As I get older, I find that I move further and further to the softer, greener end of landscape design. I trained as a landscape architect where paperwork is king but I am drawn increasingly back to the things that attracted me at the outset – plants obviously but also the natural balance which one finds in nature and a real yearning to identify the thing that makes a place special and to work with it
I’m not a Modernist; at heart, I’m an Arts and Crafts designer. I like collaborating with people who are good at what they do: craftsmen who can take one of my sketchy drawings and make more of it than I had imagined possible; gardeners – real gardeners – who can turn one of my planting plans into something greater than the sum of its parts. i started as a gardener in the early 1980s and then trained as a Landscape Architect. I worked as a draftsman assistant in a number of different offices before setting up my own practice in the mid 1990s.
My first big job was at Cowdray Park in Sussex, and then The Boots Millennium Sculpture Garden in Nottingham. For seven years I ran the design office at Clifton Nurseries in London, and for the last ten years or so, I have worked with the landscape designer, Catherine FitzGerald.
I have a small practice called Mark Lutyens Associates which is based in London and Somerset.
What I hope it conveys is a general progression towards a being a better designer – and if not better then more sympathetic. Whilst I still design at a large scale – and enjoy doing so – increasingly, I prefer to focus on the details using pencil, paper, set square and scale rule; and seeing the gardens I make grow and evolve, especially the trees which will, I hope, out last me and then some.
I never met him but Russell Page’s autobiography ‘The Education of a Gardener’ was a big early influence – I was attracted by the exotic exuberance of the life he lead. When I trained, Geoffrey Jellicoe was a visiting professor, his work, his absolute conviction that landscape design was the ONLY thing to do, and his link to a time of great heroes, all had a great influence on me. For as long as I can remember, my great, great uncle Edwin Lutyens, the architect and garden designer, who worked at a time before architecture and landscape design were put into separate boxes, was, and still is, an ever-present force in my life. And recently, a long-published book by a Japanese aestheticist Tanizaki – ‘In Praise of Shadows’ – was a revelation and reminder that subtle details are important; that there is an alternative to the current trend for the colour-blazing, attention-grabbing and photocentric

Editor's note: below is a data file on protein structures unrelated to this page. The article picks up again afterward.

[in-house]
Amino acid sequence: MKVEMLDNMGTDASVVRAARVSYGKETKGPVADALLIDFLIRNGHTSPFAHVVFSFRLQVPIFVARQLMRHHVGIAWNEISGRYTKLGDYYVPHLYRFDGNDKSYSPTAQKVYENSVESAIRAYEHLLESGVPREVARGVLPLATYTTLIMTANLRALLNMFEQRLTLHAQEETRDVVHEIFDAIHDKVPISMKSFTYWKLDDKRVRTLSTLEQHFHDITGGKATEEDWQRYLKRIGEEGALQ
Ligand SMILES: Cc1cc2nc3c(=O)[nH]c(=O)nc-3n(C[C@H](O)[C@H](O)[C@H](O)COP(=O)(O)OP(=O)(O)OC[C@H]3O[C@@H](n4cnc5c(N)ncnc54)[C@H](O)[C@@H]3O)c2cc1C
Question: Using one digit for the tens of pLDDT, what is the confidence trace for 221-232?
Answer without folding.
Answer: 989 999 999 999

Childhood memories of my grandparents’s garden in East Sussex, a Georgian rectory on the edge of the Pevensey Levels which stretched to a far horizon. I was small and it seemed enormous but safe – a cedar tree so huge that it darkened the sky; Easter holidays when daffodills turned green grass yellow – where did they come from? where did they go?; the thrill of the long drive in and the sudden roar of the gravel sweep; a teardrop-shaped conservatory with an ancient grape vine and scented geraniums; a walled garden with a gnarled mulberry tree and a ruined glass house which we further destroyed with an airgun. It was old and comfortable, formal in parts but ragged at the edges; it seemed ever-lasting but of course, it wasn’t – le domaine perdu. It was my grandfather’s pride and joy but one which he happily let us romp through; it was an English country garden and nature, unthreatening, was very presen
New gardens around a restored early 18th century house in Wiltshire: designed by Mark Lutyens and Catherine FitzGerald, and made and planted by the home team of gardeners and estate staff. The works included new terraces, Purbeck stone retaining walls and broad steps, long borders, pleached trees and billowy hedging, a wilderness of crabapples, an oak bower made from the stag-headed oaks harvested from the park by Martha Freud, Danny Wootton and Sid Dawe; a fountain with central sculpture by Olivia Musgrave.